Tuesday, 7 October 2014

Ryanair planes' wingtips hit each other at Dublin Airport.Drive Hot News

Part of wingtip broken off
Part of a wingtip on one of the planes was broken off in the incident.

Emergency services are at Dublin Airport after the wingtips of two Ryanair planes, one bound for Edinburgh and the other for Brussels, hit each other on a taxi-way.
Irish state broadcaster RTÉ has reported that the incident happened as one aircraft was taxiing to a stand.
No passengers were injured, and there was no disruption to any flights.
It is understood tenders from Dublin Fire Brigade were sent to the airport as a precautionary measure.
Glenn Jordan from Bangor, County Down, was one of the passengers caught up in the disruption.
Writing on Twitter, he said the collision had been "nothing too dramatic".
"Loud bang and the plane shook for a few seconds. Kept on board for over an hour though," he said in reply to a tweet.
In a post three hours later, he said: "About to board again #Ryanair hope the rear view mirror is clear and L plates are down #collision #dublinairport."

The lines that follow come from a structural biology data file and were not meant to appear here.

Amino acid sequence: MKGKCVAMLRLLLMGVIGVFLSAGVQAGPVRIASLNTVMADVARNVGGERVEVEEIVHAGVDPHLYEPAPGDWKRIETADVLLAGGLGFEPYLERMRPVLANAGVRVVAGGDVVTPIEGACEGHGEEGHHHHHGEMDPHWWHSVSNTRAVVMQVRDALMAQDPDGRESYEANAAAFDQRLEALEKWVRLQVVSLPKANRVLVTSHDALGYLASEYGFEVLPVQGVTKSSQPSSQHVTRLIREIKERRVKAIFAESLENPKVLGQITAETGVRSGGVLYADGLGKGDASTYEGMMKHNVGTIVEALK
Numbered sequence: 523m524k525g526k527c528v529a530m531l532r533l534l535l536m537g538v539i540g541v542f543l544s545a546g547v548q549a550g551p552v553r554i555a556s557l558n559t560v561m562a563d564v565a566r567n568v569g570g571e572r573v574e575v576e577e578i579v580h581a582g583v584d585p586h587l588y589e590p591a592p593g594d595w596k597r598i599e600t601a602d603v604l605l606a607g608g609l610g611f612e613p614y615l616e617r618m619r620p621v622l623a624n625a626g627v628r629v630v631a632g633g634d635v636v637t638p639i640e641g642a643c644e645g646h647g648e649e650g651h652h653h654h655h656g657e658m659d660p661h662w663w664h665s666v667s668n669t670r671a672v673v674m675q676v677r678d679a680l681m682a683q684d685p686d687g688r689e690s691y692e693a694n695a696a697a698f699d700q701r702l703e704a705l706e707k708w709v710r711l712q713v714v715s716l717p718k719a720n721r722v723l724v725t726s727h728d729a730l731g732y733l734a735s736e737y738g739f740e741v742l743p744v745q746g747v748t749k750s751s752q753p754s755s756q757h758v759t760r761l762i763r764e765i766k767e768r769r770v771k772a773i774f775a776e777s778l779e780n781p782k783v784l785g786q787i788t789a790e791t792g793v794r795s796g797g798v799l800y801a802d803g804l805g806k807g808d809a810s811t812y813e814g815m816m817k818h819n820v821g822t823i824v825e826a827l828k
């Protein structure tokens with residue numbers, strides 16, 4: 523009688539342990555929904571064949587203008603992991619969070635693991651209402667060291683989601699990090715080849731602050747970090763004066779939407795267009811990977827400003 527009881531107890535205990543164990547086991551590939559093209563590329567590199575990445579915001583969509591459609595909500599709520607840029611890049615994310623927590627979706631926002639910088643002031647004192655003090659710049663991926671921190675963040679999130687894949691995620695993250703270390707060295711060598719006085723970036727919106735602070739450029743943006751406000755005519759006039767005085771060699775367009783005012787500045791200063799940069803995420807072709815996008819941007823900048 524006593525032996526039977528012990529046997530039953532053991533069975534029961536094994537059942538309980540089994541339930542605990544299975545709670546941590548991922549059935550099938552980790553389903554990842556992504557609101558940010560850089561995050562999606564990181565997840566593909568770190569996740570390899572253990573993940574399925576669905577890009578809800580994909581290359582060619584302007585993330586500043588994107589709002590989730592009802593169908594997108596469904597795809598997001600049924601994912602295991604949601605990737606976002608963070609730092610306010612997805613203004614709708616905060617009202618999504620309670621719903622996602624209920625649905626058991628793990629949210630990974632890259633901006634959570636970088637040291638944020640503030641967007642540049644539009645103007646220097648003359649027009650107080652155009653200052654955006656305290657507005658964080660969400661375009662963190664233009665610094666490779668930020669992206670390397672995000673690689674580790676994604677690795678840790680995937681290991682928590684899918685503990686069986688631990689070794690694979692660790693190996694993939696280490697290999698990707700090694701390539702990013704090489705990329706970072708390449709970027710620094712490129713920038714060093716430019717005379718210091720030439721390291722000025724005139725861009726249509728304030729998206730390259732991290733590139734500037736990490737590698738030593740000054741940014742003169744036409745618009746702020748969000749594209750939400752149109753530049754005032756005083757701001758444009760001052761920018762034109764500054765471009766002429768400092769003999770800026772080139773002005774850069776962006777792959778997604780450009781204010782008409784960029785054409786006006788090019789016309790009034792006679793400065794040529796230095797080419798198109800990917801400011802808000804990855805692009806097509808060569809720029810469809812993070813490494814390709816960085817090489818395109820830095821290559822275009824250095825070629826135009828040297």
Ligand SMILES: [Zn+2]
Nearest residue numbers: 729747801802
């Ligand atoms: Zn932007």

One passenger told RTÉ people on her flight remained on board for about an hour before being allowed off.
A spokesperson for the Dublin Airport Authority has said that the airport is fully operational, although there are "minor" delays to some flights.
She said the incident happened on a taxi-way area, and the main runways are not affected.
The two planes will remain in place until investigators from the Air Accident Unit arrive.
'Scraped the tail'The other plane was also damagedThe other plane was also damaged.
The spokesperson said this section of airport will be out of bounds for aircraft for a time, and will mean departing and arriving planes will take a slightly longer route to and from runways.
In a statement, Ryanair said: "Two of our aircraft were taxiing slowly to the runway at Dublin Airport this morning. The winglet of one aircraft appears to have scraped the tail of the other.
"There was no impact on customers on board. Ryanair has contacted the IAA and is working with them to return both aircraft to stand and allow normal operations at Dublin Airport to resume